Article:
I got up around 7:00 am. A big storm was expected to move in later this afternoon so I figured I’d better get outside while it was still relatively dry outside. Almost made it. It did start raining, but nothing too heavy… I went over to the American River Bend Parkand walked around for about 3 hours. There was lots of Dog Vomit slime mold (Fuligo septica) out today, and I could tell by looking at the patches of it that Friday had been a BIG day for the stuff. It goes to spore quickly, and I could see huge areas where it was already crusted over and going dark. Yesterday those areas would have all been covered with bright yellow froth… Missed it. Dang it. Still, I got to see some smaller patches of the stuff, and also came across some White Finger slime mold (Ceratiomyxa fruticulosa) in another spot (but it was already going dark, too.)
In the high grass I saw a lot of Giraffe’s Head, Blue Dicks and Woodland Stars; and the Valley Sedge is starting to show off. I also came across some Stinging Nettles (Urtica urens). They were right next to a large mushroom. I always forget what those guys look like until I get stung by one. The plants have microscopic hairs on them called trichomes that inject histamine and other crap into your skin when you brush up against them. It burns like heck for 10 to 20 minutes, but doesn’t do any damage (at least not to my skin). Still, it’s really annoying and painful. I should knew better, but the dang plants get me at least once every spring…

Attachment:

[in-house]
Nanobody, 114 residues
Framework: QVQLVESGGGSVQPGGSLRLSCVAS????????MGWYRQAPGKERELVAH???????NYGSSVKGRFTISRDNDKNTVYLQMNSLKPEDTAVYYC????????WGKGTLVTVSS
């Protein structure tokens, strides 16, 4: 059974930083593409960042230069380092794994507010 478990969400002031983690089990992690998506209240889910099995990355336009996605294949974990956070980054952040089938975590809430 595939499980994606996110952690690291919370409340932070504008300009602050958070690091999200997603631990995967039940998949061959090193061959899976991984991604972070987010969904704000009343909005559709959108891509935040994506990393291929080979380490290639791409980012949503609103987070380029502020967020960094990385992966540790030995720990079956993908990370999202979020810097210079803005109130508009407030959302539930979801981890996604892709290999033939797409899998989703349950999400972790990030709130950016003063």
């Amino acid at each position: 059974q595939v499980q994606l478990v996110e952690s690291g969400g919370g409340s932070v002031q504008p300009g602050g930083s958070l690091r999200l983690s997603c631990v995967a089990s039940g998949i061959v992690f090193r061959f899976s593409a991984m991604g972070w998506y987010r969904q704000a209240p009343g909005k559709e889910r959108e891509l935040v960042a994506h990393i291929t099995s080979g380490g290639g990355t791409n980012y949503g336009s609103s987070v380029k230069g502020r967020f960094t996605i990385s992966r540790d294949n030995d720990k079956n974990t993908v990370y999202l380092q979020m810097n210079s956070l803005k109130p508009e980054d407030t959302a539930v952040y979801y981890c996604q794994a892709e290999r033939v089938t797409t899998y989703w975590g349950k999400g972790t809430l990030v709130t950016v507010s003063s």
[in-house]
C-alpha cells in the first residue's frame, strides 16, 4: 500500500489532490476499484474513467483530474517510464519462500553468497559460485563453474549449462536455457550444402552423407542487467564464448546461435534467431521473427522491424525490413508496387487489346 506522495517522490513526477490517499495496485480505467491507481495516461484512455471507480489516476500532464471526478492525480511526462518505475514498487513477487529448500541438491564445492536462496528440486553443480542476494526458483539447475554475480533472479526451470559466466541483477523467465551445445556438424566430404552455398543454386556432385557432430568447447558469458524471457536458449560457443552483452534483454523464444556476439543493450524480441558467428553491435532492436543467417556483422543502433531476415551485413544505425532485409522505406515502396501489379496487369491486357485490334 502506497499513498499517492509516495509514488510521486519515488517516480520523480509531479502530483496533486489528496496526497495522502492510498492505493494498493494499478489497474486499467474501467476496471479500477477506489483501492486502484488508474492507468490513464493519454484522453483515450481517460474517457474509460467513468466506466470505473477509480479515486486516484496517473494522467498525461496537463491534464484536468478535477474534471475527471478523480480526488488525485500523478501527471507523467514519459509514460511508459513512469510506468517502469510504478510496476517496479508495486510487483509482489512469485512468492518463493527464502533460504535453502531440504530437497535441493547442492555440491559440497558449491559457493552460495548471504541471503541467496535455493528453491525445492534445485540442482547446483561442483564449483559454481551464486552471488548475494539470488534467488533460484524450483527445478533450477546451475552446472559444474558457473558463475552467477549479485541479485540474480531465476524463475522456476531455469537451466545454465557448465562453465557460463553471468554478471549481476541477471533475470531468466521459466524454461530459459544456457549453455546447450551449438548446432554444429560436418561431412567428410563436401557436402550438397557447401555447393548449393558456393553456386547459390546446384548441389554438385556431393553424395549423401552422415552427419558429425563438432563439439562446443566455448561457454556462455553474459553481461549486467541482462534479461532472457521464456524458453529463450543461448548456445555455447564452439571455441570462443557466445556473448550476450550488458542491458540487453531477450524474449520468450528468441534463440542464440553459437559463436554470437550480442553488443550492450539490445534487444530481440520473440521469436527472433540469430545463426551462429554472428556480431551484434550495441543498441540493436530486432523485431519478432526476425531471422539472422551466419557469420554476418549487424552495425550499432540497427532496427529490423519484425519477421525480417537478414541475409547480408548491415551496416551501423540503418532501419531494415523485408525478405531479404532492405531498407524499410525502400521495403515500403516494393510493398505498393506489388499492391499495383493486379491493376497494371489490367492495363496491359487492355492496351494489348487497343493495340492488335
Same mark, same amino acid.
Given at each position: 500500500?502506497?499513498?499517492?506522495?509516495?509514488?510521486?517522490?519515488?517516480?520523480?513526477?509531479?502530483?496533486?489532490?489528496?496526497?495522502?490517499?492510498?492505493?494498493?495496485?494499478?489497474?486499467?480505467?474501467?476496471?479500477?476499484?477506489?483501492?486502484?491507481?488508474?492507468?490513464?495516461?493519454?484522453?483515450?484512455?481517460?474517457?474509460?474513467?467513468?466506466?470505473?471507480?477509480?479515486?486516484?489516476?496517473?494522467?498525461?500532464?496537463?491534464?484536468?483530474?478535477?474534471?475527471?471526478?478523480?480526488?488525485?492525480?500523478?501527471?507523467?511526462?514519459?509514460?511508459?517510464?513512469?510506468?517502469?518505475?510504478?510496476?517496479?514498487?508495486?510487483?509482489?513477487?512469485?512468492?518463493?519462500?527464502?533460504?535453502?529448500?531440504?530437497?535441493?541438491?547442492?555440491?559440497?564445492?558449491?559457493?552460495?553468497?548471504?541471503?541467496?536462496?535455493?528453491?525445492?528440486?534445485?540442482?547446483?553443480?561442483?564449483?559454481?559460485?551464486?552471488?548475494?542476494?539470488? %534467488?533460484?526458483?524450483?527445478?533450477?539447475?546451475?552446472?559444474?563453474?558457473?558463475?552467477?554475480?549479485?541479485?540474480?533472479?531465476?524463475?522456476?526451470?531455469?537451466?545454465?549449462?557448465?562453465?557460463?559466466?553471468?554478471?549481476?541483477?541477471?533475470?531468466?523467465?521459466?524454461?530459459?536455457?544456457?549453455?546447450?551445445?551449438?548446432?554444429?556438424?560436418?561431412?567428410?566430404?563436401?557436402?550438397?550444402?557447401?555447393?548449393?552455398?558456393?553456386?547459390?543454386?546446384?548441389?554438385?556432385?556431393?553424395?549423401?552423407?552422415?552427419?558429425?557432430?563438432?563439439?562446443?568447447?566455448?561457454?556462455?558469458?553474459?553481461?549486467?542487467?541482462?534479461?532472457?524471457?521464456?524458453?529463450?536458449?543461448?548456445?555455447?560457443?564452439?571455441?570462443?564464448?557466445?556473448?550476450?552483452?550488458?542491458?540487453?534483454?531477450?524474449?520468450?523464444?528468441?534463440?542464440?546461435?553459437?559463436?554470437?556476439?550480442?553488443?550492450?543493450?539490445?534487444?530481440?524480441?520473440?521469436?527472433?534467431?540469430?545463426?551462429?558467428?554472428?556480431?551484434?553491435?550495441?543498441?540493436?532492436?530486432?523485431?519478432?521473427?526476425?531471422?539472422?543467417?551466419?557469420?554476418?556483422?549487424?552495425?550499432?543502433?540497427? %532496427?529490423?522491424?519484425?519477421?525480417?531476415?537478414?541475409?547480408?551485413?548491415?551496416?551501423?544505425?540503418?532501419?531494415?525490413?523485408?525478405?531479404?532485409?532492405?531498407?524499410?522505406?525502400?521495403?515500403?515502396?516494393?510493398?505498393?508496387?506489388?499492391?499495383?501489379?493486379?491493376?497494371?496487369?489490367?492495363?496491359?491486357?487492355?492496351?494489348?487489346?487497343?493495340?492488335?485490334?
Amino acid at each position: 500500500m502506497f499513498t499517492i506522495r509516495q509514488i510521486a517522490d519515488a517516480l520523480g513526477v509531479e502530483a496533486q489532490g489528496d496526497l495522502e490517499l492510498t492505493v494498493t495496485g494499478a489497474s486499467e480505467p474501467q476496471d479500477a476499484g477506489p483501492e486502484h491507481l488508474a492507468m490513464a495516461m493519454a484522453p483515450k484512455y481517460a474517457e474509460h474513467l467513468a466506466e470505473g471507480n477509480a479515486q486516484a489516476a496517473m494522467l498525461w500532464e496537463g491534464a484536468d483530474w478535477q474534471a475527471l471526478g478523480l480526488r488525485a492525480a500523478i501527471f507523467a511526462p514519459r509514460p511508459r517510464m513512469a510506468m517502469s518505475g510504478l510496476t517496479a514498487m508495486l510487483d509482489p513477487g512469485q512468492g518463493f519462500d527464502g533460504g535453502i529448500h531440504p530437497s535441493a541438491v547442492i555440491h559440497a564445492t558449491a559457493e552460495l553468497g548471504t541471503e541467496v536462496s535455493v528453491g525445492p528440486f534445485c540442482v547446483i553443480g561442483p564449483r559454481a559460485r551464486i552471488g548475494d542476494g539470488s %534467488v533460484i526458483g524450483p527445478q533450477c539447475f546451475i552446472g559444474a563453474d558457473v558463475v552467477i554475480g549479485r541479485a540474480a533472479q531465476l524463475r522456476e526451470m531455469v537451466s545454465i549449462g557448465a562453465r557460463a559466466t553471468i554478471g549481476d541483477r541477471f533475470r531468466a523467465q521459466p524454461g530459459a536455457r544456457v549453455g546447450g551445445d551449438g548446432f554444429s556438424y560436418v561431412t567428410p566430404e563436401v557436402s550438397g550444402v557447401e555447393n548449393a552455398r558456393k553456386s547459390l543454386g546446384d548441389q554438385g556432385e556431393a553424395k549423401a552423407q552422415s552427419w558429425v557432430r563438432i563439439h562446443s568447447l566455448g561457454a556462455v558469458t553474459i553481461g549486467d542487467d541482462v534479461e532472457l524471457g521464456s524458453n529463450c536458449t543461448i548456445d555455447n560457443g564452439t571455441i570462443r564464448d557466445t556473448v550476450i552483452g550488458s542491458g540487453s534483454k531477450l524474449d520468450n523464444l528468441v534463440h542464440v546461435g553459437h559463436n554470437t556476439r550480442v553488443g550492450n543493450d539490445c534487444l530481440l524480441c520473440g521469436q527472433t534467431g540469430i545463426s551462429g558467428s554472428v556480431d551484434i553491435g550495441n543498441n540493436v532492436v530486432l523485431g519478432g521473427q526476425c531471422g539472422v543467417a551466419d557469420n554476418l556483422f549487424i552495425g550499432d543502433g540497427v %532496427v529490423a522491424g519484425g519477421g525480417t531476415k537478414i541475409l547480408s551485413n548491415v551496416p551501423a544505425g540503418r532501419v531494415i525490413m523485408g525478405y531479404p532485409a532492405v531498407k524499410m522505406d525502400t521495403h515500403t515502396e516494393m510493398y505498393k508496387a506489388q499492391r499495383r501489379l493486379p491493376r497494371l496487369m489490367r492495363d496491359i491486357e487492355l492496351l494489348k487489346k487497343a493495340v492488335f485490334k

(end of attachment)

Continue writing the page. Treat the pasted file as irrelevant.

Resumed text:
The oak trees are starting to sport their catkins – to which a lot of people are allergic – and the Redbud trees were all in bloom. There’s one very large Redbud in the park that shows off every year, and it was standing in all its pink glory when I was there today. So pretty. I also got to see some fungi including mushrooms, jellies and puff balls. Didn’t see any deer today, but I did get some photos of a Red-Shouldered Hawk, some Canada Geese, and a Great Egret.
I also encountered two of my pet peeves on the trail: a bicyclist on the “no bicycles” nature trail. He was going fast right down the middle of the narrow trail; I had to step off the trail into the wet grass so he wouldn’t run me over. And then there was a jerk walking his dog off-leash (which is illegal) but holding a leash in his hand – like that helps. His dog walks right up to me and puts its giant nose in my groin. Uh. Idiot Human, get control of your animal! I hate those kinds of people: the ones who go through life thinking the rules apply to everyone else on the planet except them. Must be nice to have no have no scruples…
Anyway, when I was done with my walk, I headed home, stopping at Togo’s to pick up some sandwiches. Then I relaxed with the dogs for the rest of the day. We had some hard rain in the late afternoon, but the major storm didn’t hit until the evening.